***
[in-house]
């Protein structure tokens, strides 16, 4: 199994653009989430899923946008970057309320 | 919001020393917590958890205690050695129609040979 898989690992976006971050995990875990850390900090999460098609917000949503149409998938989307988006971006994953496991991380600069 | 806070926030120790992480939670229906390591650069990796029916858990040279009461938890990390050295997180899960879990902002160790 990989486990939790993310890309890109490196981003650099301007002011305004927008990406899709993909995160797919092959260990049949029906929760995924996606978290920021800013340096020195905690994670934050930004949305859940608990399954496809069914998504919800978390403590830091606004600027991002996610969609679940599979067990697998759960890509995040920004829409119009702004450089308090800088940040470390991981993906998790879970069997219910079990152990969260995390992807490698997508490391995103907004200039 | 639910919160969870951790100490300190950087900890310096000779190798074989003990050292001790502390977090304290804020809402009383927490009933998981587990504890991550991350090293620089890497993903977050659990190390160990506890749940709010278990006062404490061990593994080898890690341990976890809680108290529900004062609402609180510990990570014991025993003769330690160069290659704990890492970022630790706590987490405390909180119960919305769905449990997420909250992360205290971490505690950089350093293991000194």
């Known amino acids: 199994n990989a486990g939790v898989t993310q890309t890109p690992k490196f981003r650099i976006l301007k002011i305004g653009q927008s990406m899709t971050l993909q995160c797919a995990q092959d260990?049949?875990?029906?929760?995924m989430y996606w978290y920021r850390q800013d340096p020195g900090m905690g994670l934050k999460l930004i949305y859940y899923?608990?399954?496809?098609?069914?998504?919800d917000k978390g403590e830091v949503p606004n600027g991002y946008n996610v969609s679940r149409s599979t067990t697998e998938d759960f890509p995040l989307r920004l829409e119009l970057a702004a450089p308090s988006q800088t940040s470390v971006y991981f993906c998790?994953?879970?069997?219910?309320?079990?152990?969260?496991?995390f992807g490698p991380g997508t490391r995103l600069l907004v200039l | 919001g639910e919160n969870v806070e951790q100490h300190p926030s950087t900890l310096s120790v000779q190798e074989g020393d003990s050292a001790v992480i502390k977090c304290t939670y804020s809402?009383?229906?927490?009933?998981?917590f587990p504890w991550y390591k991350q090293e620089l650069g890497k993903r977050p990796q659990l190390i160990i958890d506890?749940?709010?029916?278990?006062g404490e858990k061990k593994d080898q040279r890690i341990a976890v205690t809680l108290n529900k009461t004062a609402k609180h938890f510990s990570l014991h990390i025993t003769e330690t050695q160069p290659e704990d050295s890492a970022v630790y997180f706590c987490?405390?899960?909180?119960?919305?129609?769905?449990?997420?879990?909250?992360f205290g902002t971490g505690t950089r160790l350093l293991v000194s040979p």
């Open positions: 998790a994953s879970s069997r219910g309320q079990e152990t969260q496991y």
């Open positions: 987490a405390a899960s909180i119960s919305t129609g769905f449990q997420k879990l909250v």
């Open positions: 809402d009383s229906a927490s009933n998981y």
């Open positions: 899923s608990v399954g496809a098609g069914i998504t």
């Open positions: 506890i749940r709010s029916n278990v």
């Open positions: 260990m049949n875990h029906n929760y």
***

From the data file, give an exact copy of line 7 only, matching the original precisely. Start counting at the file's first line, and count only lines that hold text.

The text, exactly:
């Open positions: 899923s608990v399954g496809a098609g069914i998504t």